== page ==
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American MythologiesEssays on Contemporary Literature$
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William Blazek and Michael K. Glenday

Print publication date: 2005

Print ISBN-13: 9780853237365

Published to Liverpool Scholarship Online: June 2013

DOI: 10.5949/UPO9781846312540

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PRINTED FROM LIVERPOOL SCHOLARSHIP ONLINE (www.liverpool.universitypressscholarship.com). (c) Copyright Liverpool University Press, 2021. All Rights Reserved. An individual user may print out a PDF of a single chapter of a monograph in LSO for personal use.date: 25 September 2021

Native American Visions of Apocalypse: Prophecy and Protest in the Fiction of Leslie Marmon Silko and Gerald Vizenor1

Native American Visions of Apocalypse: Prophecy and Protest in the Fiction of Leslie Marmon Silko and Gerald Vizenor1

Chapter:
(p.157) Chapter 8 Native American Visions of Apocalypse: Prophecy and Protest in the Fiction of Leslie Marmon Silko and Gerald Vizenor1
Source:
American Mythologies
Author(s):

David Mogen

Publisher:
Liverpool University Press
DOI:10.5949/liverpool/9780853237365.003.0009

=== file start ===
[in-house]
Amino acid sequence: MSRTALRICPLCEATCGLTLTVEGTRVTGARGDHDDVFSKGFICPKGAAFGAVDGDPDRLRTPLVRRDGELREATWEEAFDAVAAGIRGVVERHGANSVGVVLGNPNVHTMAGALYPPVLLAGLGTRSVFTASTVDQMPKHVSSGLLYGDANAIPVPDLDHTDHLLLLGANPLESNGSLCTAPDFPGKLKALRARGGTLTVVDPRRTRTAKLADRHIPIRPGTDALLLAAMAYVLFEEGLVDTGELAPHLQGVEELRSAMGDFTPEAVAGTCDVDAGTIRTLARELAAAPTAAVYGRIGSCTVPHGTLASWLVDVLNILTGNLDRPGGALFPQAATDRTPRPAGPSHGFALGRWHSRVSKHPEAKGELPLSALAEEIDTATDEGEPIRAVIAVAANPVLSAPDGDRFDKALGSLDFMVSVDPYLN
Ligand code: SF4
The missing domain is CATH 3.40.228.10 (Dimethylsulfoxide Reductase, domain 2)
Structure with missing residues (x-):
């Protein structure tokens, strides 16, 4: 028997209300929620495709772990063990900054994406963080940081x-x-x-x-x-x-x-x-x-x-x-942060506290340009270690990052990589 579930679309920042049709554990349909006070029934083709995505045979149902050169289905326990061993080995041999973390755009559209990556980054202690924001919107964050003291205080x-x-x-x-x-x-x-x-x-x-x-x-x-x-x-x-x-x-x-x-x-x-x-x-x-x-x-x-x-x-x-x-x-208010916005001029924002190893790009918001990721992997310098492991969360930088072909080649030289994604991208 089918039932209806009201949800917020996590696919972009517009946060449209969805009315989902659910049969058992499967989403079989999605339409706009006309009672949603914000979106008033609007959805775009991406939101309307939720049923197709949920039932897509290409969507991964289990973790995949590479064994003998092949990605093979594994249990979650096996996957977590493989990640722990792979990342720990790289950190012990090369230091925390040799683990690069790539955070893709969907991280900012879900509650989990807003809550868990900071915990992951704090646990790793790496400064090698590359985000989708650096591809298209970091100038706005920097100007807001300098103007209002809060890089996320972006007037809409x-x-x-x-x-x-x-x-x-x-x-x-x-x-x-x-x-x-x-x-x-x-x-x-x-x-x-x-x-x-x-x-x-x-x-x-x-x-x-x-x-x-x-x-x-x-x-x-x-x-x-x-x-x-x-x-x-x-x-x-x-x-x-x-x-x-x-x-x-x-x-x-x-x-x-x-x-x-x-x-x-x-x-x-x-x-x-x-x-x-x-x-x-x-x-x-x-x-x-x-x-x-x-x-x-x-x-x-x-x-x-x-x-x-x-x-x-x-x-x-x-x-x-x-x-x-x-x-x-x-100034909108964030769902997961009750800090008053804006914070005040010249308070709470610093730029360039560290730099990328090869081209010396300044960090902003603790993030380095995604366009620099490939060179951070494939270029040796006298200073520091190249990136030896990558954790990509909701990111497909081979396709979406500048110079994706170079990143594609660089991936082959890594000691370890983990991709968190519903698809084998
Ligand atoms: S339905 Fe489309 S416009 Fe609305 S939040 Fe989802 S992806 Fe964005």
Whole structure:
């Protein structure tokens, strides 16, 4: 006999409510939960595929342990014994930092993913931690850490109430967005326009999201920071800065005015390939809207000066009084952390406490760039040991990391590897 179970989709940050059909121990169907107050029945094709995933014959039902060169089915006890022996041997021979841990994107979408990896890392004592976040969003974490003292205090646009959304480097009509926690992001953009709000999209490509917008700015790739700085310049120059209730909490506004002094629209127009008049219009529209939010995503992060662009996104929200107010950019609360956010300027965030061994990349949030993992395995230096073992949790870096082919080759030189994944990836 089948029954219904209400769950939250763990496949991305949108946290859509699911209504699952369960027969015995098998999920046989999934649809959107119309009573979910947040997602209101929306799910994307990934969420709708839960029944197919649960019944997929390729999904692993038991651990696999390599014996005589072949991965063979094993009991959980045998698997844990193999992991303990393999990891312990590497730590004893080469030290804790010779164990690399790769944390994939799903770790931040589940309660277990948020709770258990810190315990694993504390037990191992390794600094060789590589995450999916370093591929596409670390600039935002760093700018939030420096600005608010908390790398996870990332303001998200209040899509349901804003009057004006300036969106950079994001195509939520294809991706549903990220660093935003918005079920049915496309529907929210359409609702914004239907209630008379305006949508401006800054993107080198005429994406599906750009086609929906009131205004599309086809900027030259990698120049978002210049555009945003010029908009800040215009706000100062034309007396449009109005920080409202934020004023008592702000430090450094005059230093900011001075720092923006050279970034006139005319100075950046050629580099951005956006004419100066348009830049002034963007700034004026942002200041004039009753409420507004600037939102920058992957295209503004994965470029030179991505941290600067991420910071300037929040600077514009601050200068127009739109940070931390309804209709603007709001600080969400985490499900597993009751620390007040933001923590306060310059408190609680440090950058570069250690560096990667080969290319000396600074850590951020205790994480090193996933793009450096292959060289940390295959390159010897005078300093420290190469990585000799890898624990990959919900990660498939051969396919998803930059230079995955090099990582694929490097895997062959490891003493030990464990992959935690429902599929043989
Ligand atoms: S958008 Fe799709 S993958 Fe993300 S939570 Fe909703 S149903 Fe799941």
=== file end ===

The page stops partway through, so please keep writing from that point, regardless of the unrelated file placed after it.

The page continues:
This chapter focuses on the unexpectedly well-suited combination of Native American prophecy and science fiction in novels by Leslie Marmon Silko and Gerald Vizenor. Books such as The Almanac of the Dead, Bearheart, and Dead Voices express apocalyptic landscapes that illustrate the destructive political, social, and ecological costs of Western ideas of progress; but Silko and Vizenor also present an alternate vision of time and history which utilizes Native beliefs and traditions. Thus, within the political protest, ironic inversions, and social satire of these works, there is a transformative element not uncommon in Native American writing – one that allows apocalypse to be understood as change, and even for the possibility of imagined tribal utopias.

Keywords:   Native American prophecy, science fiction, apocalypse, Native American writing

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